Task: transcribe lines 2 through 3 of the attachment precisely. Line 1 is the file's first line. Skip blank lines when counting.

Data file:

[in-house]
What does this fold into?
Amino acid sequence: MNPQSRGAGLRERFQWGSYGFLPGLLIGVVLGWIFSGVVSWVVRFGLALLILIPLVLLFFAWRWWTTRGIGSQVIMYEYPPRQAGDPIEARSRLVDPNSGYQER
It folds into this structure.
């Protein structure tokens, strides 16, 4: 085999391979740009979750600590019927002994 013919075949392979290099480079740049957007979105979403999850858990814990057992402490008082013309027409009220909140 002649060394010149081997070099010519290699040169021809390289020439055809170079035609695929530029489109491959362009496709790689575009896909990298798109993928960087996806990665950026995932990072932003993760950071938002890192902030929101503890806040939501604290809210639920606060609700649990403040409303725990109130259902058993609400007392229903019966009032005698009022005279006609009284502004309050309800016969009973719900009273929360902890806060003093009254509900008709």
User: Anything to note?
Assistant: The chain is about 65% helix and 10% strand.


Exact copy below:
What does this fold into?
Amino acid sequence: MNPQSRGAGLRERFQWGSYGFLPGLLIGVVLGWIFSGVVSWVVRFGLALLILIPLVLLFFAWRWWTTRGIGSQVIMYEYPPRQAGDPIEARSRLVDPNSGYQER